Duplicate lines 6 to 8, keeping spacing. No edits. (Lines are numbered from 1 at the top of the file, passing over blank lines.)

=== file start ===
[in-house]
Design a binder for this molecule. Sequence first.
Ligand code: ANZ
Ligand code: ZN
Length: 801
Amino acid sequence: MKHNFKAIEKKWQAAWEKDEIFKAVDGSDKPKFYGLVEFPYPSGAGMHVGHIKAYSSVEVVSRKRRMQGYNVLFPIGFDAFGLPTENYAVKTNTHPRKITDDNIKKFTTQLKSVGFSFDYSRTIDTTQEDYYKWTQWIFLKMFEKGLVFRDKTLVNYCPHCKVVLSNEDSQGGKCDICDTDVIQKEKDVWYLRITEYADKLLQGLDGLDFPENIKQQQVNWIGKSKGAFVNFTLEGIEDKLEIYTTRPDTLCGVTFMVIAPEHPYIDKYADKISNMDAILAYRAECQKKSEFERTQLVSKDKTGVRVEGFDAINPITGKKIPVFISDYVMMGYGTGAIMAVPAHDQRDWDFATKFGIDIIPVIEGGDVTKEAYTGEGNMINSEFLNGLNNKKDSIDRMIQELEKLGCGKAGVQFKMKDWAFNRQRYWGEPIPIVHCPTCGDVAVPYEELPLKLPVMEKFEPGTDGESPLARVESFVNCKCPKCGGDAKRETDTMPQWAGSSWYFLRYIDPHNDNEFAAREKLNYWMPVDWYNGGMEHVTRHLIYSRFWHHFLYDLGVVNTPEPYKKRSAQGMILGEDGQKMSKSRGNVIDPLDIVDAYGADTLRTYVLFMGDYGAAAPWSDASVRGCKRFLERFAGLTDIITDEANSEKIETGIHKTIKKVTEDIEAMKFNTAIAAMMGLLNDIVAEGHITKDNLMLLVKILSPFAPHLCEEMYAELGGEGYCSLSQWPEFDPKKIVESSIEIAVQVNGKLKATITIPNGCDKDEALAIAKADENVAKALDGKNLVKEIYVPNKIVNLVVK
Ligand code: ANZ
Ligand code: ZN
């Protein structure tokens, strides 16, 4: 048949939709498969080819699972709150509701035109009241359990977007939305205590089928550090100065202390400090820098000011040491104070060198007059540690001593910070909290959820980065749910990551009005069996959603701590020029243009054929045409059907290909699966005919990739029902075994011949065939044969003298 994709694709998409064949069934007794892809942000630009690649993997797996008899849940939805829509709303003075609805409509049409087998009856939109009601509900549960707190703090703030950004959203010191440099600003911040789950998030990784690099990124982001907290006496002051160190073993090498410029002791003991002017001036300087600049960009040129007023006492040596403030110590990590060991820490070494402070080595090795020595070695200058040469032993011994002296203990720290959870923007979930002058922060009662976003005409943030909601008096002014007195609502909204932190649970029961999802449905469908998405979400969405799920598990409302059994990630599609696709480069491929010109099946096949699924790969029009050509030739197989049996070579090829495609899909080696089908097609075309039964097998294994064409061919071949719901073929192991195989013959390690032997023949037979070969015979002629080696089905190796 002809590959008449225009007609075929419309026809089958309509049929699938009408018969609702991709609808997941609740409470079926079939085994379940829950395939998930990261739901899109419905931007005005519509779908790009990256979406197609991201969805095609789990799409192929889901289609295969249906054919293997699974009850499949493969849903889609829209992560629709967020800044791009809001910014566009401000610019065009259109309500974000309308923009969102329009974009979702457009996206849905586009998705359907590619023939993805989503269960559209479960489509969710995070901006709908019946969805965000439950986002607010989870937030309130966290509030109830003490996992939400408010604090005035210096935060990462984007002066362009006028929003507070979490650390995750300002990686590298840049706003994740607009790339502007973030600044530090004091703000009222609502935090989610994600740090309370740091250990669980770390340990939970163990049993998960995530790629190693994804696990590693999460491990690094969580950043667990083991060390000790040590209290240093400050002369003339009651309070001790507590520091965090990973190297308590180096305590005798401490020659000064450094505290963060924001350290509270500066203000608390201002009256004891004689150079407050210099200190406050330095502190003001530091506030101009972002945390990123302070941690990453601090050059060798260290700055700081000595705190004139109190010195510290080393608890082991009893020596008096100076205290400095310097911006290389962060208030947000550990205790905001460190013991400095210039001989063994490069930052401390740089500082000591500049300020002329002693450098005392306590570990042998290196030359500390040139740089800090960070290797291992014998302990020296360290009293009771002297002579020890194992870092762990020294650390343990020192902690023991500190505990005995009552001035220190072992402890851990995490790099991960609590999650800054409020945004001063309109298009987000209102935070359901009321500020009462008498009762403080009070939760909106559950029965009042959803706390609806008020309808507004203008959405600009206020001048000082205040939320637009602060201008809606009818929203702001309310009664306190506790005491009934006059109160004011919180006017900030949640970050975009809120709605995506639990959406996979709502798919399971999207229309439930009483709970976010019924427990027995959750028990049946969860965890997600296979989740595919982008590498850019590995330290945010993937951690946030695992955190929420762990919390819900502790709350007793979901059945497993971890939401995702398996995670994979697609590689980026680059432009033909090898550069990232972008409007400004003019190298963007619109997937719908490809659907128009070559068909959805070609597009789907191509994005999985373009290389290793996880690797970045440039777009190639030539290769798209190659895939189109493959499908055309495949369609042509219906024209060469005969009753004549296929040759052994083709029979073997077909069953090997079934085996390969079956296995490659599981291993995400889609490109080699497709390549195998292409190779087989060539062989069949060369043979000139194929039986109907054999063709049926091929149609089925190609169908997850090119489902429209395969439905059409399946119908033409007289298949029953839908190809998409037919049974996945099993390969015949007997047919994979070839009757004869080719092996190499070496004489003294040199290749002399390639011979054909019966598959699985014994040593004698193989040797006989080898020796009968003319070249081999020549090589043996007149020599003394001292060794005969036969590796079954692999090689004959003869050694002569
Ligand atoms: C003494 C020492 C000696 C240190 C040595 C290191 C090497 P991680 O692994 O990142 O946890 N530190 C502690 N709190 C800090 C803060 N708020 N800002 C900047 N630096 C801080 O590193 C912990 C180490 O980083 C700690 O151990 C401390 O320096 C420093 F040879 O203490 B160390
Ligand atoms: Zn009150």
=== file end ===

Amino acid sequence: MKHNFKAIEKKWQAAWEKDEIFKAVDGSDKPKFYGLVEFPYPSGAGMHVGHIKAYSSVEVVSRKRRMQGYNVLFPIGFDAFGLPTENYAVKTNTHPRKITDDNIKKFTTQLKSVGFSFDYSRTIDTTQEDYYKWTQWIFLKMFEKGLVFRDKTLVNYCPHCKVVLSNEDSQGGKCDICDTDVIQKEKDVWYLRITEYADKLLQGLDGLDFPENIKQQQVNWIGKSKGAFVNFTLEGIEDKLEIYTTRPDTLCGVTFMVIAPEHPYIDKYADKISNMDAILAYRAECQKKSEFERTQLVSKDKTGVRVEGFDAINPITGKKIPVFISDYVMMGYGTGAIMAVPAHDQRDWDFATKFGIDIIPVIEGGDVTKEAYTGEGNMINSEFLNGLNNKKDSIDRMIQELEKLGCGKAGVQFKMKDWAFNRQRYWGEPIPIVHCPTCGDVAVPYEELPLKLPVMEKFEPGTDGESPLARVESFVNCKCPKCGGDAKRETDTMPQWAGSSWYFLRYIDPHNDNEFAAREKLNYWMPVDWYNGGMEHVTRHLIYSRFWHHFLYDLGVVNTPEPYKKRSAQGMILGEDGQKMSKSRGNVIDPLDIVDAYGADTLRTYVLFMGDYGAAAPWSDASVRGCKRFLERFAGLTDIITDEANSEKIETGIHKTIKKVTEDIEAMKFNTAIAAMMGLLNDIVAEGHITKDNLMLLVKILSPFAPHLCEEMYAELGGEGYCSLSQWPEFDPKKIVESSIEIAVQVNGKLKATITIPNGCDKDEALAIAKADENVAKALDGKNLVKEIYVPNKIVNLVVK
Ligand code: ANZ
Ligand code: ZN